Seen this movie before? There was 41-0 to the Jets in 2003. There was 24-14 in 2004 and 21-3 in 2005, both in New England. And then there was this, the worst of them all, a game Peyton Manning, in particular, may never live down.
Even now, the clouds of doubt are gathering around Manning, and the whispers are so loud, they seemed to be artificially enhanced. He can't win the big one. Didn't win them in college. Hasn't won them in the pros. Not the biggest ones.
"I cannot argue with the truth," Manning said later. "I'm not going to try and counter any points. That's the fact. It's certainly not from a lack of effort on my part. I can honestly say that. . . . I'm just going to keep trying. That's all I can say."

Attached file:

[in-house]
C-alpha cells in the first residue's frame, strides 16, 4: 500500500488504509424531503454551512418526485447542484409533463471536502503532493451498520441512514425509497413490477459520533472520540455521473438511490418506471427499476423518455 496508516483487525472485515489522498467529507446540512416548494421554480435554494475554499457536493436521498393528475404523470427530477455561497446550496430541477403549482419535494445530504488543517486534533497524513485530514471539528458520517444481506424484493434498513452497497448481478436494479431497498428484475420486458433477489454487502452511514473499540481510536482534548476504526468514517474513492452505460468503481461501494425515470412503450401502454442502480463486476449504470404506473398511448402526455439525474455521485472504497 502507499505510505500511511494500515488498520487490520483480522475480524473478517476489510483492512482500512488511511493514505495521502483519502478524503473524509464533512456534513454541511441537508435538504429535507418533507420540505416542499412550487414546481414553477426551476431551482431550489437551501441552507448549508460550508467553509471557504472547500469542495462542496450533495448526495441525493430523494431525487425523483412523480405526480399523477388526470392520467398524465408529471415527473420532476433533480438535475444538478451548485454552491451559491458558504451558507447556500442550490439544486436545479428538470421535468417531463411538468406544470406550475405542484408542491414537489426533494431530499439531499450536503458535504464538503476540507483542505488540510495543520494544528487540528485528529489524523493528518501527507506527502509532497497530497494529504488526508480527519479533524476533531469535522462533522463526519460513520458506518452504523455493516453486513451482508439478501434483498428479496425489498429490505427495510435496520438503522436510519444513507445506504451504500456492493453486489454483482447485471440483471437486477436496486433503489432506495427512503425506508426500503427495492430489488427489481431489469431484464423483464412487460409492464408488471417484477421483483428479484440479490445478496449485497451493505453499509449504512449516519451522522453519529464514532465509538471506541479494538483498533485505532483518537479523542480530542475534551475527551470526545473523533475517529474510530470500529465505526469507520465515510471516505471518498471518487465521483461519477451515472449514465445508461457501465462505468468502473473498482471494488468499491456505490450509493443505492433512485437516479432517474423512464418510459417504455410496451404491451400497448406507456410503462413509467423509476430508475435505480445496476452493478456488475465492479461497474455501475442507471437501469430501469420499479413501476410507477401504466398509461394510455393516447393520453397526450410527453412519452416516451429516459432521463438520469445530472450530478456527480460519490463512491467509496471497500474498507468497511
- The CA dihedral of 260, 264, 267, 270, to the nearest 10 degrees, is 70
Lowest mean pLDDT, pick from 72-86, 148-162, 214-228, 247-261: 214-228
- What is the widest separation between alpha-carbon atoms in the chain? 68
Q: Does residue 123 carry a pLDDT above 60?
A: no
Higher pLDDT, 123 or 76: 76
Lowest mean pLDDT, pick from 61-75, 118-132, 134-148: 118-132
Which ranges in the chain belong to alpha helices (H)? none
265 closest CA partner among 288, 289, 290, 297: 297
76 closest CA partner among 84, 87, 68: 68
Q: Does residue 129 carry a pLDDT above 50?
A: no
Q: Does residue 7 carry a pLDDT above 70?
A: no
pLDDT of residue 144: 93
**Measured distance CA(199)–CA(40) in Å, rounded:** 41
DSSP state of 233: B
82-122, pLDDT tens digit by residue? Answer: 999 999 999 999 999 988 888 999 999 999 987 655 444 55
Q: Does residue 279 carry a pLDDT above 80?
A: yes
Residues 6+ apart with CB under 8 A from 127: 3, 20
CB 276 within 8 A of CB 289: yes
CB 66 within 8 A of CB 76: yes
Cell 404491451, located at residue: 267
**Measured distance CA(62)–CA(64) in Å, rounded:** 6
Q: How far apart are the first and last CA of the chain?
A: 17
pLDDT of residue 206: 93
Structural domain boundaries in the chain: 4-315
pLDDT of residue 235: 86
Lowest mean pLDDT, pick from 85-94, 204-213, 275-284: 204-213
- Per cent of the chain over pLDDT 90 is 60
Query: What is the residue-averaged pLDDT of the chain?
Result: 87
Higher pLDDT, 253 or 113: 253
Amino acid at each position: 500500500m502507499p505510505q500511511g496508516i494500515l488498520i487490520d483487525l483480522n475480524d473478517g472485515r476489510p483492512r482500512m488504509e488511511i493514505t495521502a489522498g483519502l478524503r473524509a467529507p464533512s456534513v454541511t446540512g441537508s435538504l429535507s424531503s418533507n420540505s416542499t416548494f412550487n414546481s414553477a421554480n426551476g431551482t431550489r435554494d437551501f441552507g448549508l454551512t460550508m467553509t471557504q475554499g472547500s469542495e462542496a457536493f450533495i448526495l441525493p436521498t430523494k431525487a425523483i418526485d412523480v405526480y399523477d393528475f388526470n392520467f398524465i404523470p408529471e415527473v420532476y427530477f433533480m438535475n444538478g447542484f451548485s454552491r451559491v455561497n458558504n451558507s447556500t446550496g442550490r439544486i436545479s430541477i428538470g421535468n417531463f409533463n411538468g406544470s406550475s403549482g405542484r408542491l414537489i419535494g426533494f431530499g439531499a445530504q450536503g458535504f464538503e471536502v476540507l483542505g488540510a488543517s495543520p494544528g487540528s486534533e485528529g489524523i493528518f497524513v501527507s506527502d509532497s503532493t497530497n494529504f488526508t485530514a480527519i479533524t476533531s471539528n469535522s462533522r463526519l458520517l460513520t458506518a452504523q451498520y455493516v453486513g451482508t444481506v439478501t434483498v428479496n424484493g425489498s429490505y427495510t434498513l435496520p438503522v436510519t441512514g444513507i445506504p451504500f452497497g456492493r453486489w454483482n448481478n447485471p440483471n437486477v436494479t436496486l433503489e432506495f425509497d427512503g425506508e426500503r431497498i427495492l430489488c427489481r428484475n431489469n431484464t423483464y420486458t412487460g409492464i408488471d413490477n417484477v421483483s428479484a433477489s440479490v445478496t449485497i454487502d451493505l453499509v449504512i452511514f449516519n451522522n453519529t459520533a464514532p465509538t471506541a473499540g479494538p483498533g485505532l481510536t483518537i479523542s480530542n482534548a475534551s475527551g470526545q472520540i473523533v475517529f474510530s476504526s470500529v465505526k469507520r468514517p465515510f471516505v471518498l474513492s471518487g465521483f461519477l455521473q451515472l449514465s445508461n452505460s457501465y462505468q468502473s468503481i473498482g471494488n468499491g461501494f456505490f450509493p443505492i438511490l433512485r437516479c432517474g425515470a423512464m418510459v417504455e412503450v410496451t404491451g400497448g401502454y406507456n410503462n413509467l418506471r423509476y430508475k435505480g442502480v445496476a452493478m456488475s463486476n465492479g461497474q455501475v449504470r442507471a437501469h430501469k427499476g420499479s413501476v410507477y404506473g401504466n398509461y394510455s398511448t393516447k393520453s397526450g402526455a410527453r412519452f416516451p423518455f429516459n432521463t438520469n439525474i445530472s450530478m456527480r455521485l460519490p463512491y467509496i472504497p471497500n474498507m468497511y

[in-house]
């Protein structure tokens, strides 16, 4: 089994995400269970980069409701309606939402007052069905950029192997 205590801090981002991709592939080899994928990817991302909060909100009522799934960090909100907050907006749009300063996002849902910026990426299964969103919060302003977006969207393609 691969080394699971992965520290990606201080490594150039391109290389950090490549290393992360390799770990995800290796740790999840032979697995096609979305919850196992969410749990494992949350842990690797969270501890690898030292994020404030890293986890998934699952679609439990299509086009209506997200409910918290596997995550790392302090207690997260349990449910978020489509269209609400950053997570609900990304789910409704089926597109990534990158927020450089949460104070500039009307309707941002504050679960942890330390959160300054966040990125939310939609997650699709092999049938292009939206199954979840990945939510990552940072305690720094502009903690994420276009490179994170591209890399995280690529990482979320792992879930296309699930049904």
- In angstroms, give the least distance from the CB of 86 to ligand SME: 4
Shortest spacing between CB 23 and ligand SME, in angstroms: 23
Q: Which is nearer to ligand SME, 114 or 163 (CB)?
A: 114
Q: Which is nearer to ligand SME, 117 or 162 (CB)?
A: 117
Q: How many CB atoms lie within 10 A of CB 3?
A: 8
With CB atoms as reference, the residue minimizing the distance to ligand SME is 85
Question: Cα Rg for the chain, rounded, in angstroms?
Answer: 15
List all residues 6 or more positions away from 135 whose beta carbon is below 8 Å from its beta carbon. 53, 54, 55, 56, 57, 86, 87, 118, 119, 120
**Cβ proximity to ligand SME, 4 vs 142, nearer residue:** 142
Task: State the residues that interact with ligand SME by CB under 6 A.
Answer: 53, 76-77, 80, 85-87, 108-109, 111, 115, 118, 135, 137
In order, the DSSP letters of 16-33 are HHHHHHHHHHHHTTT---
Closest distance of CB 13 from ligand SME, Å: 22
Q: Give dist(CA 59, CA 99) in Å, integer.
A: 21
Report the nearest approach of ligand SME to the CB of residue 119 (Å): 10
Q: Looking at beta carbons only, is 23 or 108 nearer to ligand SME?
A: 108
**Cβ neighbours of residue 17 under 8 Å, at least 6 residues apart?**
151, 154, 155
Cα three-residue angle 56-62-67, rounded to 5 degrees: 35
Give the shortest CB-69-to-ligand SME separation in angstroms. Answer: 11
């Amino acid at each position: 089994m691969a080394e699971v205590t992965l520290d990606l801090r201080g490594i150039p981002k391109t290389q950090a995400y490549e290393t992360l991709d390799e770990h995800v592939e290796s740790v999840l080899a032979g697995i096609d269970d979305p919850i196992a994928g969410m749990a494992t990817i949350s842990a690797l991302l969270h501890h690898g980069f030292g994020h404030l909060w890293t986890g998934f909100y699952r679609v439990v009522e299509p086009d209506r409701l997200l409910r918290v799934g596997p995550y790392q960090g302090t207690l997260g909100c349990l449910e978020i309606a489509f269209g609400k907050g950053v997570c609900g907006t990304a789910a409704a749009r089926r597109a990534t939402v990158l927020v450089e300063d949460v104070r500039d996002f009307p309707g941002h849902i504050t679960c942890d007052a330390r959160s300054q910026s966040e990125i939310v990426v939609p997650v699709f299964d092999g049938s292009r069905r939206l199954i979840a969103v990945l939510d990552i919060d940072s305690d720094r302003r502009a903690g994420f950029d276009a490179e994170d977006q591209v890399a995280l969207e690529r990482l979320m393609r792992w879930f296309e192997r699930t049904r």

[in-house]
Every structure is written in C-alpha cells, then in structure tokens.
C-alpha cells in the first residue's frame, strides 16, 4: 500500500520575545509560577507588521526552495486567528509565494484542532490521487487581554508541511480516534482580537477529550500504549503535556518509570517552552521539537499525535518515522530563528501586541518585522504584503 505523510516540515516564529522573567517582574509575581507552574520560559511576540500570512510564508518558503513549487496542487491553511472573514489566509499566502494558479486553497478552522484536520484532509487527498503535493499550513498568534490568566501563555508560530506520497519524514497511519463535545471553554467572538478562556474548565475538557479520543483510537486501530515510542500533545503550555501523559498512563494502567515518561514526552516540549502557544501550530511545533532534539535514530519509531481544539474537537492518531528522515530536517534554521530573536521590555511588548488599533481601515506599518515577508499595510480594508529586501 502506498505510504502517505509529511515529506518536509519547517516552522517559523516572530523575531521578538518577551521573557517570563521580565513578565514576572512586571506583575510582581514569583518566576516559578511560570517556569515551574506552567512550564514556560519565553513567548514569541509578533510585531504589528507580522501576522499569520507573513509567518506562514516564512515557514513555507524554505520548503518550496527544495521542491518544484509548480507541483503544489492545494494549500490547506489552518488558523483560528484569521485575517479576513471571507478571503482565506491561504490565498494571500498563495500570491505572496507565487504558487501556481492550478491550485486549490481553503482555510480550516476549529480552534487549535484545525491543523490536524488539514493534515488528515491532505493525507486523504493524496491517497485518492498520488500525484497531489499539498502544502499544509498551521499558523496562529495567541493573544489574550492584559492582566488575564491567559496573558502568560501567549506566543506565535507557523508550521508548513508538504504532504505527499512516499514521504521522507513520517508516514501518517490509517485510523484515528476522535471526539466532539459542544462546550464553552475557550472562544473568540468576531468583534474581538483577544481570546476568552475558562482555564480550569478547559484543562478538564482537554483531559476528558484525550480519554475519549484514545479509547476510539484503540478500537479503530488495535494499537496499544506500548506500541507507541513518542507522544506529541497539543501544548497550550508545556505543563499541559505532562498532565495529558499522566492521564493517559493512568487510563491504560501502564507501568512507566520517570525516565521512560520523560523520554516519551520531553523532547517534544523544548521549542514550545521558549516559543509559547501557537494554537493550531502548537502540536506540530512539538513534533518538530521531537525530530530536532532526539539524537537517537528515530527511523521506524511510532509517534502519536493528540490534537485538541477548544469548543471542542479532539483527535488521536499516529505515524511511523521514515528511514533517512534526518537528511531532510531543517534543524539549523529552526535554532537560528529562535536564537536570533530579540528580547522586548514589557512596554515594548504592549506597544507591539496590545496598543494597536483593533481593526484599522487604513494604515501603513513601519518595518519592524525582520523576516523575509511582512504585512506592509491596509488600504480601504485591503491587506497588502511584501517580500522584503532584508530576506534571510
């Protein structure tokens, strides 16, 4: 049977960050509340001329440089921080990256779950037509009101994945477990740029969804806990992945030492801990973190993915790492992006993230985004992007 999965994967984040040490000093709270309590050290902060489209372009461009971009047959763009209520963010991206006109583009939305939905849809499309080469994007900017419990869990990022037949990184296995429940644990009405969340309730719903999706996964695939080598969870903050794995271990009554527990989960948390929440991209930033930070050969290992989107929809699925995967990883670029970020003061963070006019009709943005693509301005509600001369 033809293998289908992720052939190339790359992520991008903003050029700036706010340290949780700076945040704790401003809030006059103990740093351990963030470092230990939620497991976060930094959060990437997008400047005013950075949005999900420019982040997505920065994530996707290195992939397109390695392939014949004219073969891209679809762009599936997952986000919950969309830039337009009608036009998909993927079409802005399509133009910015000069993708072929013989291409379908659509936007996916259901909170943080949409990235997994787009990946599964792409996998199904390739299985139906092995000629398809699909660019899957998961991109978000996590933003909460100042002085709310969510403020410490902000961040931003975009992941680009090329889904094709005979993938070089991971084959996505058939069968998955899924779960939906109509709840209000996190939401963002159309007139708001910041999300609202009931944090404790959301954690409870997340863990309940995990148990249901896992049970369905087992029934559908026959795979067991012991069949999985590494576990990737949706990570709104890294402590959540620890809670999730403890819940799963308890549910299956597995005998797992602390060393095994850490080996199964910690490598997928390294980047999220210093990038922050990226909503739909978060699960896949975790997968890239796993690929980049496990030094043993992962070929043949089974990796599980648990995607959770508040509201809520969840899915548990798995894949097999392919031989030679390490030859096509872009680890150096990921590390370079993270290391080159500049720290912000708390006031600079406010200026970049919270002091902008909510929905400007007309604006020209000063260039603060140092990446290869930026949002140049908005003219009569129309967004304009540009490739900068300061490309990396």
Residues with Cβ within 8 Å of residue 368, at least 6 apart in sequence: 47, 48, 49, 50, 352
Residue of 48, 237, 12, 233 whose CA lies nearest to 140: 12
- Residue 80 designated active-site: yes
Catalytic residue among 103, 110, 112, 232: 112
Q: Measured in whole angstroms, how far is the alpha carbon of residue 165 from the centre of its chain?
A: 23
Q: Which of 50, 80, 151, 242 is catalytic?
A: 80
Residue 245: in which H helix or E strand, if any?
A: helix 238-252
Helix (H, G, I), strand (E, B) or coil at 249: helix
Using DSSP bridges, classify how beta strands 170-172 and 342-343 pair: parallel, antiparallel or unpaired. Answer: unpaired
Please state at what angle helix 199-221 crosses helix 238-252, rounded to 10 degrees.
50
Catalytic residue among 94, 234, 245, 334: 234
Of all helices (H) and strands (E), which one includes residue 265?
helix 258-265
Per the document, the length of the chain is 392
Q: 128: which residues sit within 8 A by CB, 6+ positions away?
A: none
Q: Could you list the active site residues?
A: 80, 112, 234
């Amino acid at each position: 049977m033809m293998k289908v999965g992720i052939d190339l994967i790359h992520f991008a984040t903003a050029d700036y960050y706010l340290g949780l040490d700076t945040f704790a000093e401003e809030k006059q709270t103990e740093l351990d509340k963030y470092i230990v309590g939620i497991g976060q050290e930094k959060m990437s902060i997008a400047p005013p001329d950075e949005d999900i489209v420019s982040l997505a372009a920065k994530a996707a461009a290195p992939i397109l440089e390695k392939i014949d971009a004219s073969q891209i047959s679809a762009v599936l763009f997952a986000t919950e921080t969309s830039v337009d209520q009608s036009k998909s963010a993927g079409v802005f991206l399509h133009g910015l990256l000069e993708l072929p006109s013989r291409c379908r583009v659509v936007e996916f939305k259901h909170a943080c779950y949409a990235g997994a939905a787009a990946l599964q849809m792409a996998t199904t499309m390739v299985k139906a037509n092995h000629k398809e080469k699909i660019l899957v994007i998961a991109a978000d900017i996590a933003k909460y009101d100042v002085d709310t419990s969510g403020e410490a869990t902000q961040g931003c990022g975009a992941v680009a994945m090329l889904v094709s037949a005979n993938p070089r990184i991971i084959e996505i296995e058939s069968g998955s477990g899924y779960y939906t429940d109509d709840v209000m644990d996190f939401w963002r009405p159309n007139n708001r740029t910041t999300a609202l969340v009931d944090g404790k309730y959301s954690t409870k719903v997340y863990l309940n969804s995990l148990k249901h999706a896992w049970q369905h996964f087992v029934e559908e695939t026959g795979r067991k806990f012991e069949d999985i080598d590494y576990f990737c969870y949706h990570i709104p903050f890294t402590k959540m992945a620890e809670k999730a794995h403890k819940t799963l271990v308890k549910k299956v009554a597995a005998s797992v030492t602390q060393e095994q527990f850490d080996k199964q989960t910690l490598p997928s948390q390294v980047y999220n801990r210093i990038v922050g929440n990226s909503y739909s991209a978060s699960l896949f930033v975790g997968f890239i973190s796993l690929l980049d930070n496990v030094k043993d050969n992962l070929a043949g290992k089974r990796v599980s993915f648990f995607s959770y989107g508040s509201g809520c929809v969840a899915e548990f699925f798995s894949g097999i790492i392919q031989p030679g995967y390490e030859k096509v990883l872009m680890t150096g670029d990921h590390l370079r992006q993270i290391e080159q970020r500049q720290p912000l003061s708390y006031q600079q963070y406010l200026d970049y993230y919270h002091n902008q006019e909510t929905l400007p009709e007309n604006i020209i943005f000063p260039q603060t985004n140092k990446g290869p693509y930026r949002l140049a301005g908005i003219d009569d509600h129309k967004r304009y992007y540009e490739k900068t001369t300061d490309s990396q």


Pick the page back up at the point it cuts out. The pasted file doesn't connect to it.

This was, without any question, the most devastating loss in the Indianapolis portion of the Colts' history. And the case could be made that this was the most horrific loss in the history of professional sports in this area.
This one will hurt more than all the others, though, because this was the year. All the planets were aligned. Home-field advantage. A bye month, never mind a bye week. A chance to stay indoors all the way through the Super Bowl.
What happened Sunday defies description and proper analysis. Suffice to say, the Colts got their heads handed to them. They were embarrassed. They were revealed, again, as paper tigers. And they even made Steelers linebacker Joey Porter, who ripped their offense as soft earlier in the week, sound like a graduate of Oxford.
The quick and simple evaluation goes like this (and please don't play the "they-were-rested-too-early" card, which is a copout): They got outplayed, out-hit and thoroughly outcoached, especially on the offensive side of the ball.
Manning man enough to point the finger …
Manning was asked repeatedly about Pittsburgh's blitzing tactics. Were they exotic? Unexpected?
Each time, he paused before answering, choosing his words carefully.